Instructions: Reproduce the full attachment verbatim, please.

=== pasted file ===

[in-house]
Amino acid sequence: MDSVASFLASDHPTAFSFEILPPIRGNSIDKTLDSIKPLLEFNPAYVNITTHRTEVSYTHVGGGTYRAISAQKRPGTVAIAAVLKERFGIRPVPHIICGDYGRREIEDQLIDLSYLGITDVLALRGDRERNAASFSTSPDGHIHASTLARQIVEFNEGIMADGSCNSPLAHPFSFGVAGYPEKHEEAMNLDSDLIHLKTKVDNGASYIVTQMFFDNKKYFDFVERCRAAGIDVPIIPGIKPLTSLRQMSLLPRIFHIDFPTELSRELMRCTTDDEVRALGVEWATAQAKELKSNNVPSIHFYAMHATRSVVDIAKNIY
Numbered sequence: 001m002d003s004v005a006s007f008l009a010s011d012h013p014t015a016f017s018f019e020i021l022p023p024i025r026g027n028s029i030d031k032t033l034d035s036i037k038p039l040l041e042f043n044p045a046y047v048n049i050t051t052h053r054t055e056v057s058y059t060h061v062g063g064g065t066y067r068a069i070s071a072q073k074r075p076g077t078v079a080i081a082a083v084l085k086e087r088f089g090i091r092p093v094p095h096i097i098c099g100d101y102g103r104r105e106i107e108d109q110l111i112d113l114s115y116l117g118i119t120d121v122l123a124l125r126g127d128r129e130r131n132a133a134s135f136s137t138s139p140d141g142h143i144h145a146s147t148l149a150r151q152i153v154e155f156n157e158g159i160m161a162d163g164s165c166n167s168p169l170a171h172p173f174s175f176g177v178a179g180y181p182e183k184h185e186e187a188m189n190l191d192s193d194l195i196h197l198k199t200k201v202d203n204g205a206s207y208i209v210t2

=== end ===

[in-house]
Amino acid sequence: MDSVASFLASDHPTAFSFEILPPIRGNSIDKTLDSIKPLLEFNPAYVNITTHRTEVSYTHVGGGTYRAISAQKRPGTVAIAAVLKERFGIRPVPHIICGDYGRREIEDQLIDLSYLGITDVLALRGDRERNAASFSTSPDGHIHASTLARQIVEFNEGIMADGSCNSPLAHPFSFGVAGYPEKHEEAMNLDSDLIHLKTKVDNGASYIVTQMFFDNKKYFDFVERCRAAGIDVPIIPGIKPLTSLRQMSLLPRIFHIDFPTELSRELMRCTTDDEVRALGVEWATAQAKELKSNNVPSIHFYAMHATRSVVDIAKNIY
Numbered sequence: 001m002d003s004v005a006s007f008l009a010s011d012h013p014t015a016f017s018f019e020i021l022p023p024i025r026g027n028s029i030d031k032t033l034d035s036i037k038p039l040l041e042f043n044p045a046y047v048n049i050t051t052h053r054t055e056v057s058y059t060h061v062g063g064g065t066y067r068a069i070s071a072q073k074r075p076g077t078v079a080i081a082a083v084l085k086e087r088f089g090i091r092p093v094p095h096i097i098c099g100d101y102g103r104r105e106i107e108d109q110l111i112d113l114s115y116l117g118i119t120d121v122l123a124l125r126g127d128r129e130r131n132a133a134s135f136s137t138s139p140d141g142h143i144h145a146s147t148l149a150r151q152i153v154e155f156n157e158g159i160m161a162d163g164s165c166n167s168p169l170a171h172p173f174s175f176g177v178a179g180y181p182e183k184h185e186e187a188m189n190l191d192s193d194l195i196h197l198k199t200k201v202d203n204g205a206s207y208i209v210t2